In the state of California, every employee (not a family member) working for a contractor must be covered by Workers Compensation insurance. Not having proper Workers Compensation insurance in accordance with California Business and Professions Code Section 7125 et seq. can lead to serious ramifications for contractors, including having to pay back any compensation provided to them on any given project, no matter where the project is at in the construction phase. California Business and Professions Code Section 7031 et seq. Workers Compensation insurance is serious business in California and contractors must abide by the laws to avoid significant legal issues and potentially lose their license. To defraud the state of California by failing to pay insurance for employees or under report the type of work or amount of work being conducted has equal penalties for contractors. Importantly, consumers are the ultimate losers as insurance claims against uninsured or underinsured contractors end up being distributed to California citizens.
Contractors who have been in business for many years know they must carry adequate Workers Compensation insurance, so the requirements are never even questioned by them. Not only will they uphold their license by abiding by these laws, but they’ll also maintain their positive business reputation. Homeowners aren’t usually willing to take major risks on an under-reporting or non-reporting contractor, especially when the potential result could be having to pay for a worker’s injuries for the rest of their life. Therefore, it’s best for all parties involved, especially for the contractor, to ensure every worker is covered properly under a Workers Compensation insurance policy. If a non-insurance injury occurs on a private property, the homeowner and their personal property insurance will be obligated to the injured employee – even in a wrongful death action. The Privette doctrine of owner non-liability does not apply where the injured employee was not insured Privette v. Superior Court (1993) 5 Cal.4th 689.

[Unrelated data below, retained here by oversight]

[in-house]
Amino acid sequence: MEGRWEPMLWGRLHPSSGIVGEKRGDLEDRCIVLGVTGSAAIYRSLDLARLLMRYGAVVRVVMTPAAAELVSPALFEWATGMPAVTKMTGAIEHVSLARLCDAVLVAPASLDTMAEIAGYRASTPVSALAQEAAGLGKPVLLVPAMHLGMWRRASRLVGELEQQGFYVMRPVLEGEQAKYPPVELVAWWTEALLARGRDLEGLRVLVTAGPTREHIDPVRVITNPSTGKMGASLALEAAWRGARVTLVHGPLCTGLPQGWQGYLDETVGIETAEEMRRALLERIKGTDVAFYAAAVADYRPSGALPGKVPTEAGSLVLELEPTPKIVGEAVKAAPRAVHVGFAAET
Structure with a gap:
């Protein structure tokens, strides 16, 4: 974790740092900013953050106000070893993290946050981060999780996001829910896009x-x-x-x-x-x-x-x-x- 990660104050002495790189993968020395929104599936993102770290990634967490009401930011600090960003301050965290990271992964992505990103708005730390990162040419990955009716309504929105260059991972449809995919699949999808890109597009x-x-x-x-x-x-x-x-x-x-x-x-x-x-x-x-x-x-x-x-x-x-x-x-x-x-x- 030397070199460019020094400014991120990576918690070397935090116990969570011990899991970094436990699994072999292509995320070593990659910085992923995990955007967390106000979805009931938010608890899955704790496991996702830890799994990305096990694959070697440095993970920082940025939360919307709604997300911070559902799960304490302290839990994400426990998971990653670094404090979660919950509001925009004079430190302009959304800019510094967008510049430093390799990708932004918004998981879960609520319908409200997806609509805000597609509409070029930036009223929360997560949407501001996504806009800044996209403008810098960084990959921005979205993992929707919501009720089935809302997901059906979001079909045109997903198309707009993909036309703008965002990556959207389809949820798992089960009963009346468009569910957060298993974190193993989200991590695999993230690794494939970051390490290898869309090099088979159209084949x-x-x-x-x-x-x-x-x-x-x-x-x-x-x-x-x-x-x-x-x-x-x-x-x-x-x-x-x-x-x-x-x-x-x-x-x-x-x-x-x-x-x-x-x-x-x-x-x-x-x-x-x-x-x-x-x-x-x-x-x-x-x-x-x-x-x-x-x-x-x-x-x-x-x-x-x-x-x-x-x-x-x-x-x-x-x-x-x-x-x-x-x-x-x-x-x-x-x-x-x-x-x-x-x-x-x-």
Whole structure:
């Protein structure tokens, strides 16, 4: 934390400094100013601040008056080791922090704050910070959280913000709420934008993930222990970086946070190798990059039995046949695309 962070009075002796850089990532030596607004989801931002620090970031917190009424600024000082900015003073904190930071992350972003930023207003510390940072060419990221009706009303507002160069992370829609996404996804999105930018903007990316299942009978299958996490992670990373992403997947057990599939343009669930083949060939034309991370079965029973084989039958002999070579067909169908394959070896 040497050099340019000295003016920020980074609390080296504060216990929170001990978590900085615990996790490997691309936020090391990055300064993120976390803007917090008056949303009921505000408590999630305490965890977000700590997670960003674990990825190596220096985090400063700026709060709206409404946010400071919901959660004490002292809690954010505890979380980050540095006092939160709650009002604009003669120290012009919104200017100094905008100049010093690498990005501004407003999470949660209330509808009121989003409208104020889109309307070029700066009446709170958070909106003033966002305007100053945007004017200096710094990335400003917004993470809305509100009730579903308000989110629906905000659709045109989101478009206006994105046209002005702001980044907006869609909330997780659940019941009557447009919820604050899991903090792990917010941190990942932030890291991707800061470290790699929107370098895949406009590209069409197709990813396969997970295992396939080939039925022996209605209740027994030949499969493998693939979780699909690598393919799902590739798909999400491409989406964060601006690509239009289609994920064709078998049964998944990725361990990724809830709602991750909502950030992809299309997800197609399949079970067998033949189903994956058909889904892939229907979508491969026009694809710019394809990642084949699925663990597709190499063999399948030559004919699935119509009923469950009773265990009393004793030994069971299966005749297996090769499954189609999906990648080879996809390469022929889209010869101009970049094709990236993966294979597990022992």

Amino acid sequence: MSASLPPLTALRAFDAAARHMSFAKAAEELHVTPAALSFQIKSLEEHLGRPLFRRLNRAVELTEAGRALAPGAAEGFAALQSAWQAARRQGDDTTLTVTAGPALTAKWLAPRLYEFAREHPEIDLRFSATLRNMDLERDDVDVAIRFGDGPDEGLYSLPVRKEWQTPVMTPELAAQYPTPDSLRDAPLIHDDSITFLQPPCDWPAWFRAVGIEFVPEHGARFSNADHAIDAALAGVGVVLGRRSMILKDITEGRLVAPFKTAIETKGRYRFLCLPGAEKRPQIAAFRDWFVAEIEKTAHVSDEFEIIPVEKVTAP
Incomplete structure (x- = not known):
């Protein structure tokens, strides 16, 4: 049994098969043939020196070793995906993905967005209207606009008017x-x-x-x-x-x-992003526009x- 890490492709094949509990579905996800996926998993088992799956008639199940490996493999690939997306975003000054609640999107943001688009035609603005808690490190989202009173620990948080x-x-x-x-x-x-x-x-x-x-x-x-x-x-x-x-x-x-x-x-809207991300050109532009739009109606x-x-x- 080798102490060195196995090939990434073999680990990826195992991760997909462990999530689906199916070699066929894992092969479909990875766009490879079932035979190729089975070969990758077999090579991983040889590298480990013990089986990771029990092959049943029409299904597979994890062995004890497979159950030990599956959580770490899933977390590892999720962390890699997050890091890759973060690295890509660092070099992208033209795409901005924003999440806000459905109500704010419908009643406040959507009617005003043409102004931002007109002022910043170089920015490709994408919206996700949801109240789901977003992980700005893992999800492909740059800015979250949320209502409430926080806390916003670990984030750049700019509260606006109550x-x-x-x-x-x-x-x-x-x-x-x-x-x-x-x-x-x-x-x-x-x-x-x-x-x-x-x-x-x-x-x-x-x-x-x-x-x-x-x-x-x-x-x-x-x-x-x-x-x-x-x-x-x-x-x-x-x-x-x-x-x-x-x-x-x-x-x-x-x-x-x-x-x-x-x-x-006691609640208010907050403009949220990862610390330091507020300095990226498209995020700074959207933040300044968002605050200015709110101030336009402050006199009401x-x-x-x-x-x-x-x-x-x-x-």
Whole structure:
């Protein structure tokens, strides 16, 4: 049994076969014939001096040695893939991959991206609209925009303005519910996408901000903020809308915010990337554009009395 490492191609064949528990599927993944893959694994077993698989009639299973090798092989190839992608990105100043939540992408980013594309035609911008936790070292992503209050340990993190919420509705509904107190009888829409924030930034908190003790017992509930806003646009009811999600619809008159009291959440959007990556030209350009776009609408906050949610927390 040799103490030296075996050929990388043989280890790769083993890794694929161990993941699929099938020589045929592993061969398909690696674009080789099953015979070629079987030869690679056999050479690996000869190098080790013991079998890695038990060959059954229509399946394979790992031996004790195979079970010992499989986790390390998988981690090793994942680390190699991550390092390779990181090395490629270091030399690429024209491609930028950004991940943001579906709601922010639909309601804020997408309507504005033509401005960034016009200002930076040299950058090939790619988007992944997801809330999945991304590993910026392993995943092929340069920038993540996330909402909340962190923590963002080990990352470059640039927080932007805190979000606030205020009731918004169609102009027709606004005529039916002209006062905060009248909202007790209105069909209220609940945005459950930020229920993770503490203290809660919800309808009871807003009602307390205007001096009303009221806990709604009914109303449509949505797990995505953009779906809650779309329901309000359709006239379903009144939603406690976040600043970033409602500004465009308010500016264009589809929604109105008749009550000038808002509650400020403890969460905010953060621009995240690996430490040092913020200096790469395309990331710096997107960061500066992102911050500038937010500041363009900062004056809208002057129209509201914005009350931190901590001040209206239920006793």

A Contractor’s License Can Be Suspended Automatically
There are two basic situations in which a contractor’s license will be suspended when it revolves around Workers Compensation insurance. The first is the contractor’s failure to obtain adequate Workers Compensation insurance. The second is the contractor’s failure to maintain adequate Workers Compensation insurance. It is the full responsibility of the contractor to ensure both are taken care of before doing any work. A typical fact pattern for contractors cutting corners will under report to their insurance broker that their iron workers were actually hanging sheetrock, a much less dangerous occupation which has a lower insurance premium.